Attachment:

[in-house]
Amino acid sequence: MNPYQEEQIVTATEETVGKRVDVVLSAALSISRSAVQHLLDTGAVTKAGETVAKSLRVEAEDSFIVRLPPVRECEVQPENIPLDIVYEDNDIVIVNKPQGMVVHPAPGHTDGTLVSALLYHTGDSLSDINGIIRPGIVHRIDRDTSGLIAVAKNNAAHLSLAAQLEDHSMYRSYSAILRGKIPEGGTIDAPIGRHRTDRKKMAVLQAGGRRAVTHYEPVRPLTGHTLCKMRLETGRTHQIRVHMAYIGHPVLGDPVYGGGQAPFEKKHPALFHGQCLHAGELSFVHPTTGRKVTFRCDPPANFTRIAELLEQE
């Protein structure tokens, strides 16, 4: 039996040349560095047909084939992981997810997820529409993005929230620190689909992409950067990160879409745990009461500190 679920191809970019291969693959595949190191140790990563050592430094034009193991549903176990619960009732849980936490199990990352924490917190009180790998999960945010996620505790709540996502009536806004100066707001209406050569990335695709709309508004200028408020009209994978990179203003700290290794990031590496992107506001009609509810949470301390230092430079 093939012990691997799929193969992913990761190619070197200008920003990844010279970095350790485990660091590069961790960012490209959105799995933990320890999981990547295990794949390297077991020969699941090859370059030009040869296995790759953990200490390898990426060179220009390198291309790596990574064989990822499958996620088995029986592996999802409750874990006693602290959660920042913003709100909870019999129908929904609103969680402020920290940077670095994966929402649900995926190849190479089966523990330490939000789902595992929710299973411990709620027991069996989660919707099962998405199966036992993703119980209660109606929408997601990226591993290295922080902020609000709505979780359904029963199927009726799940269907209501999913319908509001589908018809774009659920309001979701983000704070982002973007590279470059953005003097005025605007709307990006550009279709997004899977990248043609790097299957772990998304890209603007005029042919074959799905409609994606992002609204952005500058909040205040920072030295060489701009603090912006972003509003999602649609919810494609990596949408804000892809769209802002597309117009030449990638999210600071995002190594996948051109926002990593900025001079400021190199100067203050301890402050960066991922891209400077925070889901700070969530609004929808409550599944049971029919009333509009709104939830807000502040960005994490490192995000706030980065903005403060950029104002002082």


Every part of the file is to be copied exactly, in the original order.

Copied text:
[in-house]
Amino acid sequence: MNPYQEEQIVTATEETVGKRVDVVLSAALSISRSAVQHLLDTGAVTKAGETVAKSLRVEAEDSFIVRLPPVRECEVQPENIPLDIVYEDNDIVIVNKPQGMVVHPAPGHTDGTLVSALLYHTGDSLSDINGIIRPGIVHRIDRDTSGLIAVAKNNAAHLSLAAQLEDHSMYRSYSAILRGKIPEGGTIDAPIGRHRTDRKKMAVLQAGGRRAVTHYEPVRPLTGHTLCKMRLETGRTHQIRVHMAYIGHPVLGDPVYGGGQAPFEKKHPALFHGQCLHAGELSFVHPTTGRKVTFRCDPPANFTRIAELLEQE
């Protein structure tokens, strides 16, 4: 039996040349560095047909084939992981997810997820529409993005929230620190689909992409950067990160879409745990009461500190 679920191809970019291969693959595949190191140790990563050592430094034009193991549903176990619960009732849980936490199990990352924490917190009180790998999960945010996620505790709540996502009536806004100066707001209406050569990335695709709309508004200028408020009209994978990179203003700290290794990031590496992107506001009609509810949470301390230092430079 093939012990691997799929193969992913990761190619070197200008920003990844010279970095350790485990660091590069961790960012490209959105799995933990320890999981990547295990794949390297077991020969699941090859370059030009040869296995790759953990200490390898990426060179220009390198291309790596990574064989990822499958996620088995029986592996999802409750874990006693602290959660920042913003709100909870019999129908929904609103969680402020920290940077670095994966929402649900995926190849190479089966523990330490939000789902595992929710299973411990709620027991069996989660919707099962998405199966036992993703119980209660109606929408997601990226591993290295922080902020609000709505979780359904029963199927009726799940269907209501999913319908509001589908018809774009659920309001979701983000704070982002973007590279470059953005003097005025605007709307990006550009279709997004899977990248043609790097299957772990998304890209603007005029042919074959799905409609994606992002609204952005500058909040205040920072030295060489701009603090912006972003509003999602649609919810494609990596949408804000892809769209802002597309117009030449990638999210600071995002190594996948051109926002990593900025001079400021190199100067203050301890402050960066991922891209400077925070889901700070969530609004929808409550599944049971029919009333509009709104939830807000502040960005994490490192995000706030980065903005403060950029104002002082």